Corinna John wrote: many people from all over the world, what a bright social life!
Not only is it great to know so many good people, the diversity here allows us to be far more interesting in local conversation. It's fun to be able to toss into a conversation the opinions of a friend in South Africa, or the views of a few people in Germany.
Some people think of it as a six-pack; I consider it more of a support group.
I like not having a life. It means I get to live like I like.
Roger Allen - Sonork 100.10016 Strong Sad: Clever I am? Next to no one.
Undiscovered and soggy.
Look up. Look down. They're around.
Probably laughing. Still, bright, watery.
Listed among the top. Ten.
Nine. Late night. Early morn.
Early mourn. Now I sleep.
Not to get too deep on this but it depends on whose perspective you judge from.
If you asked my co-workers, family or the couple of flesh-and-blood friends* I have, they will say my social life is on par with a nudist in Mormon territory.
If you asked FHM, GQ and Playboy I would be cast as a null object in the social namespace. PaulWatson.GetSocialLife(); : Object reference not set to an instance of an object.
But if you asked me "Paul, are you happy with your social life?" I would say "Very, Bob."
My social life just happens to not fit the norm. I do spend a lot of time behind this CRT and here on CP but I talk to a lot of people, interact with a billion cultures and am saturated by ideas and discussions from every corner of the globe.
My friends are flung from New York to Tazmania to Cebu to Ireland to Botswana to Berlin to London to Tierra del Fuego. They range from 16 year olds to 66 year olds. They do everything from photography to developing to fashion to writing to packing shelves to design to drinking beer on their porch all day.
We discuss everything from that evil man Bush to the power of Visual Basic to idealism to philosophy to movies to music to what colour underwear she is wearing (black).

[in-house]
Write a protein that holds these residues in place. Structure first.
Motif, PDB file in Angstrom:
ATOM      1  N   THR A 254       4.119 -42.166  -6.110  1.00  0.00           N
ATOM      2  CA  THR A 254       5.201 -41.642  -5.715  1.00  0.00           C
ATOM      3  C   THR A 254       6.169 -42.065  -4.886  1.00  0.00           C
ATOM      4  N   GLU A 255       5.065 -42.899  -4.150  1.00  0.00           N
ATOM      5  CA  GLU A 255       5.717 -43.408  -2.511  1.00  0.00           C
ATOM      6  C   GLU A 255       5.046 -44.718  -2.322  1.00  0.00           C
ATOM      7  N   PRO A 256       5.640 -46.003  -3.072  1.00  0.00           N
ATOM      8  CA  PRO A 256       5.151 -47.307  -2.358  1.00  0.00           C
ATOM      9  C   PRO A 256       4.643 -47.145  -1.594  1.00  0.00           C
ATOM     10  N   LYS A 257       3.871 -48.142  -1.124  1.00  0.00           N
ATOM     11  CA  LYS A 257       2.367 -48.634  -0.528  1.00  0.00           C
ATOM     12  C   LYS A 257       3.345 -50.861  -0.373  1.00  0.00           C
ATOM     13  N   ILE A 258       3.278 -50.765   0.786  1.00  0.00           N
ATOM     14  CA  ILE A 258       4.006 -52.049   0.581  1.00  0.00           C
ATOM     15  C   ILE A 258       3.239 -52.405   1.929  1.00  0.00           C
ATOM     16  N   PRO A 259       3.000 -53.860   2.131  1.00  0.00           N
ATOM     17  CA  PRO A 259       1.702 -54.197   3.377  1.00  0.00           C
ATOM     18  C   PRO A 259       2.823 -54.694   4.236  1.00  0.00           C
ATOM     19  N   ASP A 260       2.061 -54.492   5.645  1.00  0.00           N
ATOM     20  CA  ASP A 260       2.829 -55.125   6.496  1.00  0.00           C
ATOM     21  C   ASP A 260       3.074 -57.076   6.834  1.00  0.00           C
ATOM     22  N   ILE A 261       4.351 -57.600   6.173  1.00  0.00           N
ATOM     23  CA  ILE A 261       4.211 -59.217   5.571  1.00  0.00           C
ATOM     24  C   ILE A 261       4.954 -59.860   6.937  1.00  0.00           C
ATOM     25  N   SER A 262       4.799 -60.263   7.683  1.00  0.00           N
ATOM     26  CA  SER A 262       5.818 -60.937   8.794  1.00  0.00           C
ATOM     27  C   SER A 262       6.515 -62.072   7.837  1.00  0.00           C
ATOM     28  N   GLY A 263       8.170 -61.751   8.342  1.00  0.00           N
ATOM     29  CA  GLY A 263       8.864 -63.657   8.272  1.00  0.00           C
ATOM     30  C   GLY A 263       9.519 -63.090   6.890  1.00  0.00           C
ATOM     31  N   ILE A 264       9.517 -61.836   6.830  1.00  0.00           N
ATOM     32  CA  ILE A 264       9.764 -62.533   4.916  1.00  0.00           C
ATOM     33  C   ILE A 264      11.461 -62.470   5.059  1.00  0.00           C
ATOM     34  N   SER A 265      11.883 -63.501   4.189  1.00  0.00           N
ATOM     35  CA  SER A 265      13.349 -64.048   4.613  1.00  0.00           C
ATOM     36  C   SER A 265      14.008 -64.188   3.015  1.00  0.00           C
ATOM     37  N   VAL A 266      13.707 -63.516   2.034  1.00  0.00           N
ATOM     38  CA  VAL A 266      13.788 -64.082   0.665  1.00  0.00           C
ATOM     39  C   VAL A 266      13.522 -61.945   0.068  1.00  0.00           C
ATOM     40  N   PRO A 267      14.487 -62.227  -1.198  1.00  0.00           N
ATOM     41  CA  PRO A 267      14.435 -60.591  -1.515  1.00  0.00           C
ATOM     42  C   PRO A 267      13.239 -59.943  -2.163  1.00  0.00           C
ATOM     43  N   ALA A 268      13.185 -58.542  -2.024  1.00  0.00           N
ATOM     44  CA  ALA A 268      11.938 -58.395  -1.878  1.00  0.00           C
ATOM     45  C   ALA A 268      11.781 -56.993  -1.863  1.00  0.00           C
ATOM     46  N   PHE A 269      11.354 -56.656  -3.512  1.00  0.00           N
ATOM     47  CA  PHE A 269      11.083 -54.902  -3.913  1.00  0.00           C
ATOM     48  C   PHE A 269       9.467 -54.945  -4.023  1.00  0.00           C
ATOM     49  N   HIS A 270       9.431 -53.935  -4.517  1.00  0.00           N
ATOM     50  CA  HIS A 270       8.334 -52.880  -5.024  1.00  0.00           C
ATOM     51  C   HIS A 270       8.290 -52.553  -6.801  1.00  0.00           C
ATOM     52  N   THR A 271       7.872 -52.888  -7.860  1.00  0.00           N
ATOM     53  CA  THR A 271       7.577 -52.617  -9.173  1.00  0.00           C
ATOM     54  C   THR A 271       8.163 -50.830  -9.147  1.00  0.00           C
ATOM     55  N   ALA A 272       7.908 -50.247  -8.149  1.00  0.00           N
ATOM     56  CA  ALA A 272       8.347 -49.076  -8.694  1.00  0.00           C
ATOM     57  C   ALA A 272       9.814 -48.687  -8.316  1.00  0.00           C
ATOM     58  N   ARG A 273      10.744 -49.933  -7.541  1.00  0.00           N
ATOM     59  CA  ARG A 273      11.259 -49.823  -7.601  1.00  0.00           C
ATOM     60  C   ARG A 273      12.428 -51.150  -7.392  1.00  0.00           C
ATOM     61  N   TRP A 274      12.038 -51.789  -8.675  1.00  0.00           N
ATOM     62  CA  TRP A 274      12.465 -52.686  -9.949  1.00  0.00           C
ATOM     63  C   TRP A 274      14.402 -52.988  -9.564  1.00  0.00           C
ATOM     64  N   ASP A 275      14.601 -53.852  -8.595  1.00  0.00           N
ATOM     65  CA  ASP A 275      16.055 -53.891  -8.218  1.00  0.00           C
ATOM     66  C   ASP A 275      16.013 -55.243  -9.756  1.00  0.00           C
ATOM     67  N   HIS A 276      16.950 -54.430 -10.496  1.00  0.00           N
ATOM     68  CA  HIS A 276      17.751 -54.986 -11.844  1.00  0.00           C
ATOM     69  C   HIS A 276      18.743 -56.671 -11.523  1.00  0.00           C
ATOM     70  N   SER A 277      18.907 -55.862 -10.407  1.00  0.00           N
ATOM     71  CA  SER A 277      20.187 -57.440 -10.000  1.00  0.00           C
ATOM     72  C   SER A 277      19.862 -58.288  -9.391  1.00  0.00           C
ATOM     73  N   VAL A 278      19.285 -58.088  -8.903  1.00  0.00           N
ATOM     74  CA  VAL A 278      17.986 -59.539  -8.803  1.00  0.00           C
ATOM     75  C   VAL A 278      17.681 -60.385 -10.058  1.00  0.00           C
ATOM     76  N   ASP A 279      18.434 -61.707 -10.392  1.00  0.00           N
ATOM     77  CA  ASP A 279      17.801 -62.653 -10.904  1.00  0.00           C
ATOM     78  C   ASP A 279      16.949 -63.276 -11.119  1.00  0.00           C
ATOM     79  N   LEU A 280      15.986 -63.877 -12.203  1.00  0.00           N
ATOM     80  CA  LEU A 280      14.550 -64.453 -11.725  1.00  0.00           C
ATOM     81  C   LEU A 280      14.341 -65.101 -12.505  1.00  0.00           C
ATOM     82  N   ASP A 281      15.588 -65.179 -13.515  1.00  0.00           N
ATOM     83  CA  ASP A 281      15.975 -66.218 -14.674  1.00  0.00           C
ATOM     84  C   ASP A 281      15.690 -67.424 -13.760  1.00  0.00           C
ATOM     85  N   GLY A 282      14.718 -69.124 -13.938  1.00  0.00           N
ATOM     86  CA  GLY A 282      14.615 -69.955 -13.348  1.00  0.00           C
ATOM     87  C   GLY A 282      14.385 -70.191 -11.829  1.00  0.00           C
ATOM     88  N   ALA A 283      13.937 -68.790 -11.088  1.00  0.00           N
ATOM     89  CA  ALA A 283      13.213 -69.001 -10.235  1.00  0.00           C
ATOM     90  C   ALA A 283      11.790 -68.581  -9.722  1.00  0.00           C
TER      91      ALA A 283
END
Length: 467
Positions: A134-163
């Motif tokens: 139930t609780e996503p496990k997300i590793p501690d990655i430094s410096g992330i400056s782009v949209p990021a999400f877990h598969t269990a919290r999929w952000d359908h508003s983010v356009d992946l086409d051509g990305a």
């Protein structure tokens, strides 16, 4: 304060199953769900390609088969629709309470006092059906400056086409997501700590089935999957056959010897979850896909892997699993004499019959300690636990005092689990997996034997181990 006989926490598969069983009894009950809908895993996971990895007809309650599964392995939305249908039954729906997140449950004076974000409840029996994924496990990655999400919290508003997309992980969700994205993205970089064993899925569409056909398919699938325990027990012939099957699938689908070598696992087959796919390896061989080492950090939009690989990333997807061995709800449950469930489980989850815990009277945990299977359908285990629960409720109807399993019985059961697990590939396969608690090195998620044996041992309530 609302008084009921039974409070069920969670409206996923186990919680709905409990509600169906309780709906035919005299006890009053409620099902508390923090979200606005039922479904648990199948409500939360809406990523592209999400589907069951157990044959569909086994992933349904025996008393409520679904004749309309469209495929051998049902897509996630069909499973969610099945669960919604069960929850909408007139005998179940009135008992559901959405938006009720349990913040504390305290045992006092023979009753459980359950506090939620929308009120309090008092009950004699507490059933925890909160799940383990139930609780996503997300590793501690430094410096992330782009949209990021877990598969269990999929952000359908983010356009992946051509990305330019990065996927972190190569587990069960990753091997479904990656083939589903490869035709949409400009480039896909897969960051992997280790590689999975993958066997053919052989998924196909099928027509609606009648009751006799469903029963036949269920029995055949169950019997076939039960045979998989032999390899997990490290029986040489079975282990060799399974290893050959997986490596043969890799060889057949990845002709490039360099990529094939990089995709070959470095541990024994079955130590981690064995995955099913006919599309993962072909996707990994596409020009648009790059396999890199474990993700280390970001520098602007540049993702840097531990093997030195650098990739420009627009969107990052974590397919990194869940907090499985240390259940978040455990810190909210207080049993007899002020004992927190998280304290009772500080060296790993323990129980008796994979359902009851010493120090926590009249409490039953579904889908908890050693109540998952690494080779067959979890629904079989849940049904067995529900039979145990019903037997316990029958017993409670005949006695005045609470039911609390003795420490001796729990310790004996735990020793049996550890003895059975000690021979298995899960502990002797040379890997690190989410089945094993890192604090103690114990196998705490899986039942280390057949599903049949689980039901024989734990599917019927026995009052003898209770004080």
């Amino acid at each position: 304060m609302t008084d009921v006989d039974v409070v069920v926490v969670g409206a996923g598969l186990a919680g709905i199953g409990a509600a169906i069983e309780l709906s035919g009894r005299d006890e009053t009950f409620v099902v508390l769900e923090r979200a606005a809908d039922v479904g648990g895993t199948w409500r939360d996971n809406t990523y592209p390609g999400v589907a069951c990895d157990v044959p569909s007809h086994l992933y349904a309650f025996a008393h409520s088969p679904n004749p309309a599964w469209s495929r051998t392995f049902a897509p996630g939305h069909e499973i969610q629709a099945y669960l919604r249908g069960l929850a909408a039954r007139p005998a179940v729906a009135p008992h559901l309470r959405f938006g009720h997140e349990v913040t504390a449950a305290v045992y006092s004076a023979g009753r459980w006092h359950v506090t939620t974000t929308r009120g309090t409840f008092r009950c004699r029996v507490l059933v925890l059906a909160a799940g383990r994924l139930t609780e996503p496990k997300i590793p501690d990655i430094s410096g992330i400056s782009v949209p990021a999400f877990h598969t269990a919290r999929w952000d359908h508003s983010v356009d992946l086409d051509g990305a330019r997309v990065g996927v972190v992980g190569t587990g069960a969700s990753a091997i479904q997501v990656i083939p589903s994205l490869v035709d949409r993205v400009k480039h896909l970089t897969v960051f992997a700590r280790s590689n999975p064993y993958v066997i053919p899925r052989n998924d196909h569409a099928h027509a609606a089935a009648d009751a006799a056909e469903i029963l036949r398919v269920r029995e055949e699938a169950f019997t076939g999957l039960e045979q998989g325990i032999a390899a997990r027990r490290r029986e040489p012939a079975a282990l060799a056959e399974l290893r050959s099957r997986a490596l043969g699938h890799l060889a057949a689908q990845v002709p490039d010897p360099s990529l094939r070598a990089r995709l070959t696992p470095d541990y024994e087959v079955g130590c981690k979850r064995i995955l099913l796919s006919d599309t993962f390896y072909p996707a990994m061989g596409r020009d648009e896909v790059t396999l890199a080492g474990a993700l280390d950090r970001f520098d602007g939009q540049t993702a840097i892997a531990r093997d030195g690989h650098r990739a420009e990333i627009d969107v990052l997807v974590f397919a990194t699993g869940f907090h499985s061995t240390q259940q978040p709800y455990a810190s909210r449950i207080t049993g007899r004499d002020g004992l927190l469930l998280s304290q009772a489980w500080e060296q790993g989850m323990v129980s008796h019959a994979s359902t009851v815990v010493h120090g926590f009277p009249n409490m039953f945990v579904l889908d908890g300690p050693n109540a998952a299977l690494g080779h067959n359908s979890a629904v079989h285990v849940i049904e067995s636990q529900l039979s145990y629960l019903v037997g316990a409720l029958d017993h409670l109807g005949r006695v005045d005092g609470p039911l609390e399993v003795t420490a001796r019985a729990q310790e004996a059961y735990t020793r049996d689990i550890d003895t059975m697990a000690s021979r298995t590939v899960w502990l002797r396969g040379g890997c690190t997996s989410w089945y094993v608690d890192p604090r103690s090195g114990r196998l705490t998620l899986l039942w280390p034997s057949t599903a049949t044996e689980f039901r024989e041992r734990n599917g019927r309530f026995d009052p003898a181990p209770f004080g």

But no, according to society a social life means going out every night, getting hammered, talking about the weather, who is shagging who and what Posh and Becks** are up to.
I know most of you know better, that cliquey society is not a social life but someone forgot to tell the great unwashed.
So I don't feel bad admitting to no social life according to convention. Call it dellusion, call it denial, I am happy with my social life as it is and that is what counts.
Are the people who read and live FHM and GQ really happy with theirs?
* Because the rest of you are all make believe until I actually meet you, kapiche?
** Or is that the beer?
Christopher Duncan quoted: "...that would require my explaining Einstein's Fear of Relatives"
I do enjoy a good night out clubbing, I must admit. I don't go for the conversation, I go to get hammered and dance to the phat beats*. Certainly is not a way to advance friendship or meet new people (the cold light of the next day reveals that for what it is).
* I hope I said that right. Would that person who has a Great Social Life please comment
Paul Watson wrote: Are the people who read and live FHM and GQ really happy with theirs?
Probably not - I think people who read magazines like that are looking for a Lifestyle to belong to. A lot of things try to sell themselves as being a necessary part of the Lifestyle that a person wants.
I say "Bugger that". I'll make my own Lifestyle decisions, and be a pain in the arse for market-segmenters everywhere
But then again I shop for most of my clothes at Marks and Spencers, a retailer better known for being middle aged and sensible, rather than where ever it is the trendy people go (but being 6'4 and mildly overweight isn't trendy as it is, therefore they don't sell anything I can physically wear anyway). I can't and won't do Lifestyle.
But I do have what I consider to be a good social life - I have good friends from university I keep in close contact with, and good friends in my local area - mainly from the theatre group I'm involved with.
I also enjoy being on my own - does that make me anti-social? I don't think so myself, but some would cast me in that position.
So I won't vote in the poll, because I don't think I'm a fit for any of the answers.
Matt Newman wrote: The worst part is its the truth.
There's nothing wrong with that, Matt! Take pride in the fact that not everyone can rapidly recite the first 20 elements of the periodic table in perfect order without blinking. (I'm not the only one who can do that, and talks about it, right?)